Inspired by the work of Frantz Fanon’s—a Caribbean-born psychiatrist and political activist, whose work addressed the impact of colonization on Black identity and mental health—Here are the Fragments, presented by ECT Theatre Collective and The Theatre Centre, is both a stunning technical achievement and a compelling experiential phenomenon.
With an immersive design that allows audience members to explore the space freely, it balances structured dramatic performance with random audience engagement. The story, which we piece together from fragments, begins with an introductory meeting with Dr. Chauvet (Allan Louis). When we first encounter him, he is a vibrant and authoritative presence. Before our eyes, we see him stripped of his lab coat, left hunched and silent, lost in his too-large cardigan and adrift in the even larger sea of his schizophrenia.
We meet his son Eduard (Kwaku Adu-Poku) who, frustrated by his isolating condition and desperate to connect, commits himself to a thorough and empathetic investigation of his father’s work. His fascination with and capacity for technological innovation figures prominently in the show’s heartfelt and hopeful finale.
Before we ever get close the possibility of healing though, the audience must contend with an overwhelming bombardment of sensory stimuli. You are left to your own independent investigation of the space and its multi-media exhibits. There are published texts, personal notebooks, scraps of paper, suspended headphones that lure you in to intimate confessions, and many screens on which disorienting images flash out at you.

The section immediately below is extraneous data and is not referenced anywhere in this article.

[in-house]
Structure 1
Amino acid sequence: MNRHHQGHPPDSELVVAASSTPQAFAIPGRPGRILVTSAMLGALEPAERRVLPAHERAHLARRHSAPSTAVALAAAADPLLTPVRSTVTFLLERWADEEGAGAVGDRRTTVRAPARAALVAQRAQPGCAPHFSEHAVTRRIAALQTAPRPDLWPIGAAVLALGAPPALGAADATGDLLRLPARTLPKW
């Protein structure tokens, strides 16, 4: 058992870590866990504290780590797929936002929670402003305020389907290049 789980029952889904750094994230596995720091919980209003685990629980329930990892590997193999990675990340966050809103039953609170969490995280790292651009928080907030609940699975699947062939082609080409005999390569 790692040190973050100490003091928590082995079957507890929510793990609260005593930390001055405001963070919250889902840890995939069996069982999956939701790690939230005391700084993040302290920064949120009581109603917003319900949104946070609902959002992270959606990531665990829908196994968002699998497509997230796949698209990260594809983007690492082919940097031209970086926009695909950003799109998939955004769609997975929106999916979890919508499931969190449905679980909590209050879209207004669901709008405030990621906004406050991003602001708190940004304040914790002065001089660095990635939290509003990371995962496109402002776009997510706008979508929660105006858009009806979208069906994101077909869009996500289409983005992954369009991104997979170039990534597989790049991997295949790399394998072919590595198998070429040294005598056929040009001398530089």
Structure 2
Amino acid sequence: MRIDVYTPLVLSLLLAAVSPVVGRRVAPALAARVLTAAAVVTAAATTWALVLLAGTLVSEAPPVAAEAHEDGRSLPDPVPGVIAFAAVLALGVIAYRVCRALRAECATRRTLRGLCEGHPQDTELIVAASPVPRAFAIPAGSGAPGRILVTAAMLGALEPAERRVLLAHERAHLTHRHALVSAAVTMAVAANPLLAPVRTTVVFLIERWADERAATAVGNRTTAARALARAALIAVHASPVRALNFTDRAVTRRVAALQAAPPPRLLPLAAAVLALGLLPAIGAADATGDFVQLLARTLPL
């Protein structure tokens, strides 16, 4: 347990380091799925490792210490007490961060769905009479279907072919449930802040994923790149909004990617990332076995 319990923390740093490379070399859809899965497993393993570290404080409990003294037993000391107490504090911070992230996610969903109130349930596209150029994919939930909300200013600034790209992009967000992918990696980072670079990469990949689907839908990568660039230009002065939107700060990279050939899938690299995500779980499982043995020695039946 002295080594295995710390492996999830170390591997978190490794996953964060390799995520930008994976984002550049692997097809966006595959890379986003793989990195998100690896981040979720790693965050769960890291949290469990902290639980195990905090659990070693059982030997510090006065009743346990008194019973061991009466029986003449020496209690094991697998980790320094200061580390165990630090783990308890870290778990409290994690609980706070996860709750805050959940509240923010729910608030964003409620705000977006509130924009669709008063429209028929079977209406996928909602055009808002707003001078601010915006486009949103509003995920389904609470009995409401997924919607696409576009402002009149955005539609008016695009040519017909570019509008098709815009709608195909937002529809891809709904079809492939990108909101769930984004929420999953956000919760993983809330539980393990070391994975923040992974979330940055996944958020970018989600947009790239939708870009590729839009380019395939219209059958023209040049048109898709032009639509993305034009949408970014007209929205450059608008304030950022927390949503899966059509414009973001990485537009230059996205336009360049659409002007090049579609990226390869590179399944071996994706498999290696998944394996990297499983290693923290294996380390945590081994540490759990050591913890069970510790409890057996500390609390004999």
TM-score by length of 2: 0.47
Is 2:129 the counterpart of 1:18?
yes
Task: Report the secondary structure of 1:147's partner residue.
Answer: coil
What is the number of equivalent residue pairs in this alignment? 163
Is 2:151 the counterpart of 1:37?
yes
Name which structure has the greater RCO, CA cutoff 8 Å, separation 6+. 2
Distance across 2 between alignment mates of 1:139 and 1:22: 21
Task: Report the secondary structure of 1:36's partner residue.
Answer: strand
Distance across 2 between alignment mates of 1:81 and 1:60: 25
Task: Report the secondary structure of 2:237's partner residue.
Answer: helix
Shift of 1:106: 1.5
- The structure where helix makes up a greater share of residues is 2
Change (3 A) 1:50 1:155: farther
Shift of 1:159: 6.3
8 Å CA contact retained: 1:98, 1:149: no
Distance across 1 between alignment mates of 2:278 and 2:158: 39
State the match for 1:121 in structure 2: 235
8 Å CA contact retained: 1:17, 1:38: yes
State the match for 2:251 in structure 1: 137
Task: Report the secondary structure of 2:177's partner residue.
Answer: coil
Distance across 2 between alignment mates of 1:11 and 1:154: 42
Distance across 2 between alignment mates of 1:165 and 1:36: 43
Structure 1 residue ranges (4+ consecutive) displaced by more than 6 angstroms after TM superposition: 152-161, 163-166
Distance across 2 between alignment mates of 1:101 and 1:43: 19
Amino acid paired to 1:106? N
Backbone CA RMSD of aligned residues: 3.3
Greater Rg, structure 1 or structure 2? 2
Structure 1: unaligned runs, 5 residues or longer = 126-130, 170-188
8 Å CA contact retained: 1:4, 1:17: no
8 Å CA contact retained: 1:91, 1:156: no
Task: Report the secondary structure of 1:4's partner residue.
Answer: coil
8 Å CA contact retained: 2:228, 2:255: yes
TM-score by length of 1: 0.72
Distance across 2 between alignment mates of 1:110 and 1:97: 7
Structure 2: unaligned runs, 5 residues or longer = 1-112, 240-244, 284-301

As you navigate the space, you are forced to shift your focus, to engage or ignore the multitude of information you encounter. All these voices are, I gather, intended as a theatrical representation of schizophrenia. There is so much to take in that I found myself sometimes anxious that I was missing some vital clue tucked away in a dark corner.
Without warning, brief yet transfixing scenes erupt between the performers. Though they feel as disparate as the rest of the experience, they bring the audience together and focus their attention. This is valuable as it helps to strengthen the communal experience and provide some context for understanding the detailed props that fill the space.
There are many meaningful threads to follow here; the thrill of discovery lines whichever individual path you choose as you interact with the immersive environment. The defining theme here—the core that resonates through it all—is the institutional racism Dr. Chauvet has internalized and which has shattered his sense of self and sabotaged his professional and personal lives.
Here are the Fragments was written by Suvendrini Lema, a CAMH neurologist, and developed through the Theatre Centre Residency Program. Directors Leah Cherniak and Mumbi Tindyebwa Otu and their innovative team of designers have crafted a dense and absorbing piece of immersive theatre. Pulling you into the fraught headspace of an afflicted life, it is an intense visceral experience that will leave you with plenty to unpack afterwards.